Neighboring residents said they feel as though the city has ignored their concerns and complaints. They allege their community is being overlooked because of its demographics.

"This city overlooks neighborhoods that are low-income, ethnic minorities, which the majority of my neighbors are," Amanda Yang said.

The Historic West Adams neighborhood is more than 94 percent non-white, according to 2010 census data compiled by Almanac Research.

But whiter areas of Los Angeles may not suffer from that same oversight, residents said.

At least two active oil drill sites in West LA are enclosed by large, building-like structures. The sites—one located at 1353 S. Spaulding Ave., and another situated at 9101 W. Pico Blvd.—are concealed and camouflaged to blend into the surrounding environment and mitigate nuisance issues. The neighborhoods around them are nearly 80 percent white, according to the 2010 census data.

Residents neighboring the Jefferson Drill Site are frustrated that the city hasn't taken the same action to enclose the site near their homes. They see a connection between wealth in an area and response from city officials.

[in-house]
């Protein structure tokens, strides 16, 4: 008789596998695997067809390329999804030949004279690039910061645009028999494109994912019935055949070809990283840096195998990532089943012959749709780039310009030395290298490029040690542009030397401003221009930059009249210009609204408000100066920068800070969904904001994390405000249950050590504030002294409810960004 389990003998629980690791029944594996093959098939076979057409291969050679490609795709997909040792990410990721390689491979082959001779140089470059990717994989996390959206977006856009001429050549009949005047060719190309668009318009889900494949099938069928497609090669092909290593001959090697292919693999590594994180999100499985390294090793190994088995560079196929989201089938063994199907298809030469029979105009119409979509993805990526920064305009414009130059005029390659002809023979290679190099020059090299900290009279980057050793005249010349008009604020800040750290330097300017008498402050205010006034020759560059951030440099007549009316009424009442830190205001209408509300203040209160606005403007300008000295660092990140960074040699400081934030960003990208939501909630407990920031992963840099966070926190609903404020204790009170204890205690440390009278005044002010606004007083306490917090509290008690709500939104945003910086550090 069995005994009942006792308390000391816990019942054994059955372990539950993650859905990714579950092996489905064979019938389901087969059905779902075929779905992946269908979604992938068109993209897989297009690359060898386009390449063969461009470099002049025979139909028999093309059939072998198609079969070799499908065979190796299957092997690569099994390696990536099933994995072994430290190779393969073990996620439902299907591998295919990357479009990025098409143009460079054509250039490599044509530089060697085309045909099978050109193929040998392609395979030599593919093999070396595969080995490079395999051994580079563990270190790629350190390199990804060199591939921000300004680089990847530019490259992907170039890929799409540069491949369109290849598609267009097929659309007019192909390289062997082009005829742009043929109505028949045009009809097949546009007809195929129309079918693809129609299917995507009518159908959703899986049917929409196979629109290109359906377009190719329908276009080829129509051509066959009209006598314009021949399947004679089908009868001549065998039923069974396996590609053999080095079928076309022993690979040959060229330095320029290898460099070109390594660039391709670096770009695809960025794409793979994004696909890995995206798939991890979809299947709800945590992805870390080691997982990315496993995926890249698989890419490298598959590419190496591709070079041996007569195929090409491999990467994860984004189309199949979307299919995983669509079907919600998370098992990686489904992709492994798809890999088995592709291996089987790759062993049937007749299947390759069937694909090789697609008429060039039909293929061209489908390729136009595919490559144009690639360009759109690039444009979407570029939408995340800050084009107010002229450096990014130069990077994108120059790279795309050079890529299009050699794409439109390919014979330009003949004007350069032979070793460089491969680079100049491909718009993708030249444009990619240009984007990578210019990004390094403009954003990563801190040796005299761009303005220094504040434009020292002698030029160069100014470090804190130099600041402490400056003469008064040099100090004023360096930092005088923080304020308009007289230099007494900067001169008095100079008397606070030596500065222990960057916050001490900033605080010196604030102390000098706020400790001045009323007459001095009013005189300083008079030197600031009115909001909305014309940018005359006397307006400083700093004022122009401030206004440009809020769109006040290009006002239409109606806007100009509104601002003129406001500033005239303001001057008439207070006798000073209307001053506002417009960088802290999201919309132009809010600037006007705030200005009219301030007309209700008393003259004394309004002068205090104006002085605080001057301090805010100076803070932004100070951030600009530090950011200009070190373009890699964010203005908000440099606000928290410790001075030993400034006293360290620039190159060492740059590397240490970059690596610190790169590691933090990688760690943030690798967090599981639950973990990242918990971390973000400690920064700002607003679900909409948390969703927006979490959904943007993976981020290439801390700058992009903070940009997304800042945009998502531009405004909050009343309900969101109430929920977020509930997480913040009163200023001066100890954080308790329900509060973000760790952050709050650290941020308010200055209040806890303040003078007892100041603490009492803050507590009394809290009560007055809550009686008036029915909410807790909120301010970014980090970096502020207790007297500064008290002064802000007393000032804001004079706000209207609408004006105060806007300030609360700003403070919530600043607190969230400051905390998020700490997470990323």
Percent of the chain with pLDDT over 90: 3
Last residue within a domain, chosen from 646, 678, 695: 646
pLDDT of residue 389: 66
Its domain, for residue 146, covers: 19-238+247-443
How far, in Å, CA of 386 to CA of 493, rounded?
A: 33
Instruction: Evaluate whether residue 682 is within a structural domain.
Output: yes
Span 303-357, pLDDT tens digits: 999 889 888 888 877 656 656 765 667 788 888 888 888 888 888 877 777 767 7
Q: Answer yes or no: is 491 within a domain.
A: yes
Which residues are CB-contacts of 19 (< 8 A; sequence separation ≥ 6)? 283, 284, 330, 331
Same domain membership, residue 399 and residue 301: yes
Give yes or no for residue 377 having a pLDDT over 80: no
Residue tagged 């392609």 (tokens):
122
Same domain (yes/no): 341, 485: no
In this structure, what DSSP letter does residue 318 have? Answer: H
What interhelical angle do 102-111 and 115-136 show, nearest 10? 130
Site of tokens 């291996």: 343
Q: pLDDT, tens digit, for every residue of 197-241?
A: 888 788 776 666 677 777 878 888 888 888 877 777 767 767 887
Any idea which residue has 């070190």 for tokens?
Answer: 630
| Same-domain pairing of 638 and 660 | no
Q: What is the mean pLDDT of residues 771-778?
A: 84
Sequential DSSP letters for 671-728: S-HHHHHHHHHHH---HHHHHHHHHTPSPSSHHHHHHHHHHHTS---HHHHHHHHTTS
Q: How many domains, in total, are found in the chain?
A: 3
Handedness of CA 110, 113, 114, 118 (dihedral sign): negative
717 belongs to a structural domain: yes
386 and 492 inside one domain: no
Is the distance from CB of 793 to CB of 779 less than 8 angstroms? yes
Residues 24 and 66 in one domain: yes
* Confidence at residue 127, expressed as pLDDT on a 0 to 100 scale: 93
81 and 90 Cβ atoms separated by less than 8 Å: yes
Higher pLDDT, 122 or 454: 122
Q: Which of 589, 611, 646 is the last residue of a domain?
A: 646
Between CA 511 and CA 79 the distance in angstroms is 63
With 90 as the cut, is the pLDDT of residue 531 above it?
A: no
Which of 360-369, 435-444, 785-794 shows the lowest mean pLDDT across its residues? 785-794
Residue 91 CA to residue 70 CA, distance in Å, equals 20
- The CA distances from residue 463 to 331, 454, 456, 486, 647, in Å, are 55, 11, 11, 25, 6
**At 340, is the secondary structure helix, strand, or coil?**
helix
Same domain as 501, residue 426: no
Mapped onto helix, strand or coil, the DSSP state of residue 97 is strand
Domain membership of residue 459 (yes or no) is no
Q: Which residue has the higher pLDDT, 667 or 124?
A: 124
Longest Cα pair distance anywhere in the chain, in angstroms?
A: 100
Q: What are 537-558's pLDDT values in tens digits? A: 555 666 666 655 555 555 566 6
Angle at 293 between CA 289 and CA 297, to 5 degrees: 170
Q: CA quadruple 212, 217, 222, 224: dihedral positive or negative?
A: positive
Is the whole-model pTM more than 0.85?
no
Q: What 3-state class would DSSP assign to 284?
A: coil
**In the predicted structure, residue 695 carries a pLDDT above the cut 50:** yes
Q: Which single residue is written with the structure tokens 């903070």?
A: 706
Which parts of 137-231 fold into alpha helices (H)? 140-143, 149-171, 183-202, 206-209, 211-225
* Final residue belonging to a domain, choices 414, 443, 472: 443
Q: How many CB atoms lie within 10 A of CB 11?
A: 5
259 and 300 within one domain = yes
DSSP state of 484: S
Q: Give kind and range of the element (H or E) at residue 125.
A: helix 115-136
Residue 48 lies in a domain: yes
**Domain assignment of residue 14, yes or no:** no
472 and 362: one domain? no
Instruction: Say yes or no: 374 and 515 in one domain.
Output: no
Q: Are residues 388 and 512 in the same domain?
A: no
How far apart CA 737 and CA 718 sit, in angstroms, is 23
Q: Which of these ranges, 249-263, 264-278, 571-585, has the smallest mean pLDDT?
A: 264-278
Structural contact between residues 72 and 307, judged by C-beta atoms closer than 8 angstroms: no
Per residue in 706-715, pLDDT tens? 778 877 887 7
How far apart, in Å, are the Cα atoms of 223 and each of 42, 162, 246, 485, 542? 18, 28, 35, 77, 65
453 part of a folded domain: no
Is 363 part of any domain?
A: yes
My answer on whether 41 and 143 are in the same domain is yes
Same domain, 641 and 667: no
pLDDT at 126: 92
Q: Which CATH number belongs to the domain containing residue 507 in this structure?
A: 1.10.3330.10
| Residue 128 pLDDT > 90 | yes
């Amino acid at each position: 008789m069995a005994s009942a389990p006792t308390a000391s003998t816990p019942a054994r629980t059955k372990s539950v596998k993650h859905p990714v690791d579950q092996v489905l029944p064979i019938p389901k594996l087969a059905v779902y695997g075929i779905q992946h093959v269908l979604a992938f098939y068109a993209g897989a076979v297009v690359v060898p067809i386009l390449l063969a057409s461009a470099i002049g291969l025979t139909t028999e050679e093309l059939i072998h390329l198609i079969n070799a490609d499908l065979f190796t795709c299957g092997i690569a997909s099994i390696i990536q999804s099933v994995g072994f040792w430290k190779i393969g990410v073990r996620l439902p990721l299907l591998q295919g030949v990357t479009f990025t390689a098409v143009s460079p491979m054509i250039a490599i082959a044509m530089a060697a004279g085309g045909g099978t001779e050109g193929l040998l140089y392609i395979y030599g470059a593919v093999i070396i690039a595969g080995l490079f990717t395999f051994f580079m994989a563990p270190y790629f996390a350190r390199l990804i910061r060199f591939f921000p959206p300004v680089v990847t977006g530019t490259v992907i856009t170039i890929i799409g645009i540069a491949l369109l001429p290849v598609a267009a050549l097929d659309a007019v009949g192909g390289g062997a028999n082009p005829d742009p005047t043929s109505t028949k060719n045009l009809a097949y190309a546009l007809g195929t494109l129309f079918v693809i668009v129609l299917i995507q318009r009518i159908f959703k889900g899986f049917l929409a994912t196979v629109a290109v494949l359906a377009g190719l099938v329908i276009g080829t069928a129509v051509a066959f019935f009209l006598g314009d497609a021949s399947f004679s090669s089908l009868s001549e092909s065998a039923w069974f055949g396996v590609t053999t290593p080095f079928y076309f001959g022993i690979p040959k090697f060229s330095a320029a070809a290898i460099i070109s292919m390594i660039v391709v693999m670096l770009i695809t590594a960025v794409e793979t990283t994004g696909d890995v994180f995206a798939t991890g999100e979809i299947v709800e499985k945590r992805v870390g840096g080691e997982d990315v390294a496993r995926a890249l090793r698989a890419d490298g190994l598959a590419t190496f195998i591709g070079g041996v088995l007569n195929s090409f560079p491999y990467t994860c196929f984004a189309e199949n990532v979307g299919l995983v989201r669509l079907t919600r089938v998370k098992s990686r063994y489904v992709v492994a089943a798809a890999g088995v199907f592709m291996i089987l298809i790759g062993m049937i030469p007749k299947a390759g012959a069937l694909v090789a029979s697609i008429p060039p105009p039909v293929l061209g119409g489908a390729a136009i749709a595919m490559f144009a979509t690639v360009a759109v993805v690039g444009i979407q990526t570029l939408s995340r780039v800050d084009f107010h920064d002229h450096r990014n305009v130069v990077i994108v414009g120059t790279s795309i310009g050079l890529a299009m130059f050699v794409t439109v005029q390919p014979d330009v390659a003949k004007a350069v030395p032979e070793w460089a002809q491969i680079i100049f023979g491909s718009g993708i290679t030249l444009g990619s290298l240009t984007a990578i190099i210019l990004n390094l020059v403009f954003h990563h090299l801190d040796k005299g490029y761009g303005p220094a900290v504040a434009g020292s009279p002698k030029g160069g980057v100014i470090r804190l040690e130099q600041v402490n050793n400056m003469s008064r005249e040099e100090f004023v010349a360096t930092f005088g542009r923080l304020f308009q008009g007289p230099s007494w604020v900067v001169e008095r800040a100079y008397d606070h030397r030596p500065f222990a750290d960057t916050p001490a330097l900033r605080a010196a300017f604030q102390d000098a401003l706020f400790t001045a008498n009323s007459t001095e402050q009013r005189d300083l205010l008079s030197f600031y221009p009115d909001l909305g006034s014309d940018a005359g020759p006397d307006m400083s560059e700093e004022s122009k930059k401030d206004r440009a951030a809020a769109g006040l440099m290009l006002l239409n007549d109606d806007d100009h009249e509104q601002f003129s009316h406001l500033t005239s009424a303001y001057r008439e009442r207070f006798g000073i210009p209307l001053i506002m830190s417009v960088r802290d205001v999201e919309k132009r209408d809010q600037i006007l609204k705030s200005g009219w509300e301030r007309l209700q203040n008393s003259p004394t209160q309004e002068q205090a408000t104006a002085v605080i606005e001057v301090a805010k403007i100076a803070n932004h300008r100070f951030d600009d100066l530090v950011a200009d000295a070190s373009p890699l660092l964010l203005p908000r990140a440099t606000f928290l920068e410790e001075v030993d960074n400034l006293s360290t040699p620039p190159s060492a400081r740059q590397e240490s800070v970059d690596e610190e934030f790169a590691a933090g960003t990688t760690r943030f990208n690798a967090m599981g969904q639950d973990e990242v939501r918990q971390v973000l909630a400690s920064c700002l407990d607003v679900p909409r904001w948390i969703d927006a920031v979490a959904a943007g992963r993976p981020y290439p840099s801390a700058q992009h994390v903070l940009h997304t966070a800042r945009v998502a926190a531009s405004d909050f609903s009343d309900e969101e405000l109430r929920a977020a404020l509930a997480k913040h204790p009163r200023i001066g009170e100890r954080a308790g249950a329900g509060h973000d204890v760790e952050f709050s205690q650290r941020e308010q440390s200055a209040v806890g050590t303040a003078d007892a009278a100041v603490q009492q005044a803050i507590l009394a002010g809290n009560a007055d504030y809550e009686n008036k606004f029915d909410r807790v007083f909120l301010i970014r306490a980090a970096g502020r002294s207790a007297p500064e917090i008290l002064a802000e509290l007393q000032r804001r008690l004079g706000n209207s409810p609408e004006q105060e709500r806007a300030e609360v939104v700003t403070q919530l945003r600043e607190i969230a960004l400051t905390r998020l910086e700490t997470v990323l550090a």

"There are other parts of Los Angeles where there's more money, more resources, where maybe the folks who live there have a higher level of education," Pacillas Smith said. "When those areas advocate, change happens."

The Department of City Planning said the demographics of neighborhoods have no impact on how seriously it takes complaints. In a statement, the department said "complaints received about a specific drill site are addressed with the utmost attention," regardless of location.

Residents near the Jefferson drill site say otherwise.

"I think we have been overlooked by the city," Hamilton Yang said. "I don't think there has been due diligence done on this site, the way that it's operated and what it's been doing."

The City Considers a Change

However, the residents of South LA are hopeful that change is near.